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Digital Payment Industry Needs Multiple Models To Push Financial Inclusion

The vast number of unbanked families, the growth of debit and credit cards and rising usage of prepaid cards is indicative of the potential for digital payments industry in India. Players in the ecosystem including prepaid card providers ItzCash Card and Oxigen Services India, banks such as HDFC and SBI and the banking regulator RBI believe digital money is playing a key role in financial inclusion and herald the need for more business models to push access to banking across India.

Technology as a medium will make transactions easier for customers and more technology-led models should be introduced into the financial system, said Naveen Surya, Chairman, Digital Payment Committee, Internet and Mobile Association of India (IAMAI) and Managing Director, Itz Cash Card. Drawing a parallel to the telecom sector, he said, "We should encourage multiple models that give customers choice." He was speaking at IAMAI's 4th Financial Inclusion and Digital Payment Conference in the city.

Economist SS Tarapore added that the absence of banking technology, reach and coverage, absence of a satisfactory delivery model and absence of a business model were the reasons behind India not achieving financial inclusion.

Oxigen Services, which is a Microsoft backed start-up with a 'kirana' model has rolled out one lakh outlets in villages. Of the 1,500 banking correspondents reporting to Oxigen, over 60 per cent work in rural areas, Sunil Kulkarni, President, Oxigen Services said.

India's e-commerce boom will also require payment systems to evolve. PayPal'sIndia Country Manager Mayur Patel said, "As the e-commerce market rapidly grows in India, new payment systems are evolving to provide different payment options for the consumer and support this fast paced growth. The biggest challenge we face today is reaching out to the larger consumer base. Internet and mobile adoption provide the ideal opportunity to reach out to this target group."

However, banks believe that cash on delivery (CoD) through banking correspondents are not a good suggestion as handling the responsibility of cash would require offering a compensation for banking correspondents. They said CoD was a logistics issue and that prepaid cards would make a better solution.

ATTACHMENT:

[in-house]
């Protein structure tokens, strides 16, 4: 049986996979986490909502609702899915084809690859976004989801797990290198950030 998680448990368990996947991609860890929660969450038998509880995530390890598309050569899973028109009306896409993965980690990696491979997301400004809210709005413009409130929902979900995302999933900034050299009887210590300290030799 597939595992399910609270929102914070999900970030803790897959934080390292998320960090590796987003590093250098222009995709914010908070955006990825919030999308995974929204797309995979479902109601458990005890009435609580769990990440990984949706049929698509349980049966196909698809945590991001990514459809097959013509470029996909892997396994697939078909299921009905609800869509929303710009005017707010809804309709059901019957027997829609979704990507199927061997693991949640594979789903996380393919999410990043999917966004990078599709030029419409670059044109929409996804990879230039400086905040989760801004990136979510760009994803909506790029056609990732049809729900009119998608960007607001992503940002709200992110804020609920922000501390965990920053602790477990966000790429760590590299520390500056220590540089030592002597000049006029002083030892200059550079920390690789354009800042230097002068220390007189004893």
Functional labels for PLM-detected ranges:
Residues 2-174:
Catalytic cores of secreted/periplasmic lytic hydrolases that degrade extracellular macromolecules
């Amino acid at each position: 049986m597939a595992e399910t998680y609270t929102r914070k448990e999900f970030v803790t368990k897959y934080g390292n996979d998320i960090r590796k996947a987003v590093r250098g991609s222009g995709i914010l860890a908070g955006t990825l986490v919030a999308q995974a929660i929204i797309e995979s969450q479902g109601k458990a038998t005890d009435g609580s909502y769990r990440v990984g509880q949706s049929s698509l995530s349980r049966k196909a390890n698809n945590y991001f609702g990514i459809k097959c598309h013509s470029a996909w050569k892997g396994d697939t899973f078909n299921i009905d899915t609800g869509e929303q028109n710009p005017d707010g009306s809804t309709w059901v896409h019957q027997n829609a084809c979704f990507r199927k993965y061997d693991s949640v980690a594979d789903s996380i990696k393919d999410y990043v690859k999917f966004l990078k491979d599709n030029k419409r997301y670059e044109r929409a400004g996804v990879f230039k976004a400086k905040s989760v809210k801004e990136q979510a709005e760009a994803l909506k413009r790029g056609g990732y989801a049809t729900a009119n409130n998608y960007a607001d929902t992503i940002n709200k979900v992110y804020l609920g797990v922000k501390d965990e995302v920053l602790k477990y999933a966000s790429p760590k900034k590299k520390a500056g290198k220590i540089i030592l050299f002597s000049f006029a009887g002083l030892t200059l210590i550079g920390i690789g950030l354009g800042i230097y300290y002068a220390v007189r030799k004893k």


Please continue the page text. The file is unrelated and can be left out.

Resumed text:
On if a super-regulator – who would ensure financial inclusion by combining services of banks, insurance agencies and telcos – was a solution, Deepali Pant Joshi, Chief General Manager, Rural Planning and Credit Department, RBI, said that it was deemed "not a good idea" when it was mulled earlier by the regulators as there is no standardisation in the market amongst the various players in sub-ecosystems. She also added that as the country had more potential and space to expand, it was better for competition to be encouraged to reach out to more unbanked villages. Usage of post offices being enrolled to expand financial inclusion and interoperability amongst banks (currently only ATMs are interoperable) were also discussed at the conference.

Investors like Omidyar Network, which had earlier backed SKS Microfinance and capacity building company MicroSave, are backing new ventures in this space. Omidyar has set apart $100 million for profit and non-profit organisations globally to focus on base of pyramid activities, according to Surya Mantha, Director – Investments, Omidyar Network.

Mobiles will help pave the way for greater financial inclusion in the country. Rajat Kathuria, Consultant, Indian Council for Research on International Economic Relations said, "The mobile revolution has helped to bring about rapid progress in the banking system since it allows the financial system to overcome the lack of infrastructure we face. A 10 per cent increase in mobile penetration can lead to a 1.5 per cent rise in GDP, and therefore we should leverage mobile as a tool to bring about financial inclusion."

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